The term “will” is an abbreviation for “last will and testament”. But different kinds of wills lead to confusion between wills and other legal documents. Experts explain the different types of wills available and how they compare with other legal documents.
LAST WILL AND TESTAMENT
Your last will determines what is done with your assets after death and specifies who implements your wishes. With children under 18, you must insert a guardianship clause in your will, about who has guardianship over minor children, if people with parental responsibility, die. A mother has default parental responsibility for the children. A father has parental responsibility for children if married to the mother when the kids were born or marries her later or is named on the child’s birth certificate. A guardianship clause in a will saves much stress at a very difficult time, as courts and social services decide what happens to children which takes time with unwanted results and children may spend time in foster care before anything is finalised.
A LAST WILL/TESTAMENT VERSUS A TRUST
Your will deals with transfer of ownership of assets while a trust is a legal wrapper for transfer of assets before or after your death. Trusts ensure retention of control over assets even after death and are relevant to make provision for children. Without a trust, there are limits over any control over funds/property once children become adults. A trust arranges to drip-feed the inheritance as they mature so they can’t blow their inheritance or are targeted by unscrupulous people taking advantage of their lack of experience.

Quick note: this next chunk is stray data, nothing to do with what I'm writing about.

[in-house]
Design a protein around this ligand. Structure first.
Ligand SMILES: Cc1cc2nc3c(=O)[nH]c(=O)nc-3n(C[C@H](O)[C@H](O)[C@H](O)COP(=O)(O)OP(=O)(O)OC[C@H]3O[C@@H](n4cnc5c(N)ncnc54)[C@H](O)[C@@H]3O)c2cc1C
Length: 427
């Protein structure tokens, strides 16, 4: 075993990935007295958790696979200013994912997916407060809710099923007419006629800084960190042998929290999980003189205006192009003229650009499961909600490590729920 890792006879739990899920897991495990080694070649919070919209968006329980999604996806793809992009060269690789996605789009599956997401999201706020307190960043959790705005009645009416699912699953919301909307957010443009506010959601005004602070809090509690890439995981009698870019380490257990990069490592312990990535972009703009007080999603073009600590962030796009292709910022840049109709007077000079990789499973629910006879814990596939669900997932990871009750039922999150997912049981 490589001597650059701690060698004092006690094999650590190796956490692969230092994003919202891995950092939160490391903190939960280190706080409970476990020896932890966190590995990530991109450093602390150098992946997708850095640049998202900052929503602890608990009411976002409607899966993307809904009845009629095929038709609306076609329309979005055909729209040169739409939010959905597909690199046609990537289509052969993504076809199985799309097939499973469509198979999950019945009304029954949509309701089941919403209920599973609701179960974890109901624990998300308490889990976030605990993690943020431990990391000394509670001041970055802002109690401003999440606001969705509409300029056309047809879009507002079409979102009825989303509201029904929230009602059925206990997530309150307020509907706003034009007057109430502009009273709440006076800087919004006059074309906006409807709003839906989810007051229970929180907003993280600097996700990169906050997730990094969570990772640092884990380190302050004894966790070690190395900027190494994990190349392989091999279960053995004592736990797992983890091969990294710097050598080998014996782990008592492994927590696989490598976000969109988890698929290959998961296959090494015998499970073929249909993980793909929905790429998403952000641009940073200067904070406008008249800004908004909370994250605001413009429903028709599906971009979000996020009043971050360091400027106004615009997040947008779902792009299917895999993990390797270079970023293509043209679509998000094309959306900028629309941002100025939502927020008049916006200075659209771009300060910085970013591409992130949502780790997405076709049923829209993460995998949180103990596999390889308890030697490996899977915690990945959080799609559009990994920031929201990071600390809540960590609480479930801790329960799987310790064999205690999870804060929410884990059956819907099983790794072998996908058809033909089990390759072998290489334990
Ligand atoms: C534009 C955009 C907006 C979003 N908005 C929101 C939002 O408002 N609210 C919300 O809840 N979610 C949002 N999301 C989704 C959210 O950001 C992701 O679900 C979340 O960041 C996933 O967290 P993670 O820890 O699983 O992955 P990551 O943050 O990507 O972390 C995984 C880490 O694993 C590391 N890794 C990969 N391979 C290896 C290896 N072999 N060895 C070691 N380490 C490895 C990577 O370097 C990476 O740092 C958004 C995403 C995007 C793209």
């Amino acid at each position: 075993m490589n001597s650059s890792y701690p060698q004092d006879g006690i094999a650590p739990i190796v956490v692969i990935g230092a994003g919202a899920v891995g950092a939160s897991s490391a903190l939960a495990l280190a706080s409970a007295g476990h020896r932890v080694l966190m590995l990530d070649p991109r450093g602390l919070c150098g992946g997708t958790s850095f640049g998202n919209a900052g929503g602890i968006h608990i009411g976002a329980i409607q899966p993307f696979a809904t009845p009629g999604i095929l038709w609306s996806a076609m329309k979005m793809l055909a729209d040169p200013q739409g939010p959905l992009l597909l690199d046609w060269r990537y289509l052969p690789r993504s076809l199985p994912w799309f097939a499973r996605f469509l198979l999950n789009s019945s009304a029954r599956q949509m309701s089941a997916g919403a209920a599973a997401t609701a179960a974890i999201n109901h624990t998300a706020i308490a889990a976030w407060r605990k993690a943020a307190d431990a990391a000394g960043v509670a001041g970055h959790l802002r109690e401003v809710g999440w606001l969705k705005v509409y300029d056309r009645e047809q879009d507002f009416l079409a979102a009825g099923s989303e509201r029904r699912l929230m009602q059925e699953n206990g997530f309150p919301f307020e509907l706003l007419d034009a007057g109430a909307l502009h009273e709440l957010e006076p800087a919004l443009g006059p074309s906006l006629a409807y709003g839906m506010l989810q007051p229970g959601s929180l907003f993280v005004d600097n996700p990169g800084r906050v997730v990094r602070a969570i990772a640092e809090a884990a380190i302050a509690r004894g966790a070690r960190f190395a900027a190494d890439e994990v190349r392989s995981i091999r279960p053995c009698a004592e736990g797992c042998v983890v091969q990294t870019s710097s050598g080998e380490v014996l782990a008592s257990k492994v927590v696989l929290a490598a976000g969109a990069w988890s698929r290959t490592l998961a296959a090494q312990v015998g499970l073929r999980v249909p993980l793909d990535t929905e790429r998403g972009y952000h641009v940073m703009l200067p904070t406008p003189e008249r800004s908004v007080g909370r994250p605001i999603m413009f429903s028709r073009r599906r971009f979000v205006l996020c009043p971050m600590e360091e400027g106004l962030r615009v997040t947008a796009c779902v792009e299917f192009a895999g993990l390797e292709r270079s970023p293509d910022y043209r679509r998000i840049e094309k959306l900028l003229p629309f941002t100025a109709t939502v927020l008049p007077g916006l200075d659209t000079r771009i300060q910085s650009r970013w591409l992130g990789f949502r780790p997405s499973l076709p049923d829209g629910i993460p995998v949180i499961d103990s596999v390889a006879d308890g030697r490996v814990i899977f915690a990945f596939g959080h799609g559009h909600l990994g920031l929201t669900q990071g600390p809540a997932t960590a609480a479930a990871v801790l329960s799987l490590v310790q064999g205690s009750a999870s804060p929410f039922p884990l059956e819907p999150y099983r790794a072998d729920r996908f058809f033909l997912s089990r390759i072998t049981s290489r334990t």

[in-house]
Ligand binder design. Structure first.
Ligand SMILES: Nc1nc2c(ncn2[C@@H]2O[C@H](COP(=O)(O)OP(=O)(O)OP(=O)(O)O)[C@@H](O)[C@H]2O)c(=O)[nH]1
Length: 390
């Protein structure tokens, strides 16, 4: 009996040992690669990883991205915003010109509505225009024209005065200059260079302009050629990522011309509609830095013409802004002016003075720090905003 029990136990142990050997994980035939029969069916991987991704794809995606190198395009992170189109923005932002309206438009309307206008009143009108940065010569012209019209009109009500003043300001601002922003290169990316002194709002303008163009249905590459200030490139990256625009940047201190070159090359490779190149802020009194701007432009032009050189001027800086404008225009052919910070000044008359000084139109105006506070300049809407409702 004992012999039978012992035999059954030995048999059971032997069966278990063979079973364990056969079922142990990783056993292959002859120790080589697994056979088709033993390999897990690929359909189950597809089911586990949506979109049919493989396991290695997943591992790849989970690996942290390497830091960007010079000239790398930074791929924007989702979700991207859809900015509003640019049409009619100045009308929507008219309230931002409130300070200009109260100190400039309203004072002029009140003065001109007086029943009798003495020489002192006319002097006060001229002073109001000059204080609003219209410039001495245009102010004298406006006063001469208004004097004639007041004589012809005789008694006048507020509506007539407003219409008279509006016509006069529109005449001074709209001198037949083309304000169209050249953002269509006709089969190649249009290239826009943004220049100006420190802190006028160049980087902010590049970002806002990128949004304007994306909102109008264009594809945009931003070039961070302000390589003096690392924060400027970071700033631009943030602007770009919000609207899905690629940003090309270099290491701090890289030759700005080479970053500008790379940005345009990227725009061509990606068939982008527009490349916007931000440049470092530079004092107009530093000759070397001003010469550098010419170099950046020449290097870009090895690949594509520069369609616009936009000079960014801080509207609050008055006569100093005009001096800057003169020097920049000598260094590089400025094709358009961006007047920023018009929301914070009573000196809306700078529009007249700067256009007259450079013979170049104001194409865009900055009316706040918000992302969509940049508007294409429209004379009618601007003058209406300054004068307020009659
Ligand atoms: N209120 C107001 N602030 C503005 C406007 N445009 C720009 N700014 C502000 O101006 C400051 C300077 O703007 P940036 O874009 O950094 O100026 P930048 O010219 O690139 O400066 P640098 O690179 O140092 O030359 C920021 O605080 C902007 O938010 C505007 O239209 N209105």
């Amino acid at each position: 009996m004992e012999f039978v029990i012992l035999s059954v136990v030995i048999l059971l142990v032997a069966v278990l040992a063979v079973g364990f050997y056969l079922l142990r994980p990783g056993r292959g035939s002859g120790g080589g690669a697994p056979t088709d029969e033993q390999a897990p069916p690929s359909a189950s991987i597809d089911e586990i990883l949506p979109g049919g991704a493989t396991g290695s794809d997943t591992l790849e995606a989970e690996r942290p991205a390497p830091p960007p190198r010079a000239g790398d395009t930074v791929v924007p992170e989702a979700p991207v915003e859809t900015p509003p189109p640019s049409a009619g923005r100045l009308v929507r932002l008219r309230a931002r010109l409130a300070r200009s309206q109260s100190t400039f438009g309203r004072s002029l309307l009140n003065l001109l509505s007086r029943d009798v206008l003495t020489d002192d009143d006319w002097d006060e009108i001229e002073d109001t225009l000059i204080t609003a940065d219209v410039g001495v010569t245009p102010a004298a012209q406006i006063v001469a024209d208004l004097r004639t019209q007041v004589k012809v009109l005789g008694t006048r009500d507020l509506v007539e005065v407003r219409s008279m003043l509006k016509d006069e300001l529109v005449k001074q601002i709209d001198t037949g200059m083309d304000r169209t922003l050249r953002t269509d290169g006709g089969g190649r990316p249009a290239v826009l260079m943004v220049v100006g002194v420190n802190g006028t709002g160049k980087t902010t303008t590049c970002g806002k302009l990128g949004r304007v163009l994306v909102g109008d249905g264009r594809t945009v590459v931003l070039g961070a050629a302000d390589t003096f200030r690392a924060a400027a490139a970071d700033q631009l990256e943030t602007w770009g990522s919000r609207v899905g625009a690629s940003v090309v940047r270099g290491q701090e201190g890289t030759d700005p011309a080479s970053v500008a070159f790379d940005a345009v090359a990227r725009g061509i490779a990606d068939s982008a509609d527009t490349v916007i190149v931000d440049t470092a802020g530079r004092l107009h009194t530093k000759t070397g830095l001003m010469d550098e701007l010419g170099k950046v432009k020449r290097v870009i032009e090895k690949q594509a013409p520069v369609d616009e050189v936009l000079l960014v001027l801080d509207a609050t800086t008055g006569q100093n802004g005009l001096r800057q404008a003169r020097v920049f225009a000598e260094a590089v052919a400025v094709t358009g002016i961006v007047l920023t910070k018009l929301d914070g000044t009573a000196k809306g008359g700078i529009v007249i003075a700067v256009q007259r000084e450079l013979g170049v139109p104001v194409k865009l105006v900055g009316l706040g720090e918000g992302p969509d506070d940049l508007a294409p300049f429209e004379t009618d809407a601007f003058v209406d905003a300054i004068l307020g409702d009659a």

MIRROR AND LIVING WILLS
A mirror will reflects the wishes of another will where couples possibly in legally unrecognised relationships, wish to dispose their assets in the same way. It can be updated even after the death of the other party. A living will expresses medical treatments you wish to receive (or not receive) if unable to make informed decisions about your treatment. A living will is activated if designated situations arise and expires upon death.
A LIVING WILL VERSUS AN ADVANCE STATEMENT VERSUS A LASTING POWER OF ATTORNEY
A living will is basically a legally-binding document for decisions already made to be followed by those looking after your healthcare. An advanced statement is not legally-binding but must be reviewed by those managing your health and is kept with your Living Will to ensure that both are reviewed together. A lasting power of attorney enables someone to make decisions on your behalf, for Health/ Welfare and Property / Financial Affairs. The former can be used alongside living wills.
SIGNING A WILL
Except for holographic and oral wills, all wills must be signed and witnessed. A holographic will is written in your own handwriting while a nuncupative will is a spoken will, used in very specific, but unlikely circumstances. In a pandemic lockdown, you simply sign the will while two witnesses watch behind a window. You show them the will and pass it for witnesses to sign. All parties wear gloves and use their own pens and maintain social distancing norms.
UPDATE YOUR WILL
Whatever will you use, remember these aren’t set-and-forget documents. Your will needs to be updated to reflect life changes upon annual review or after major life events.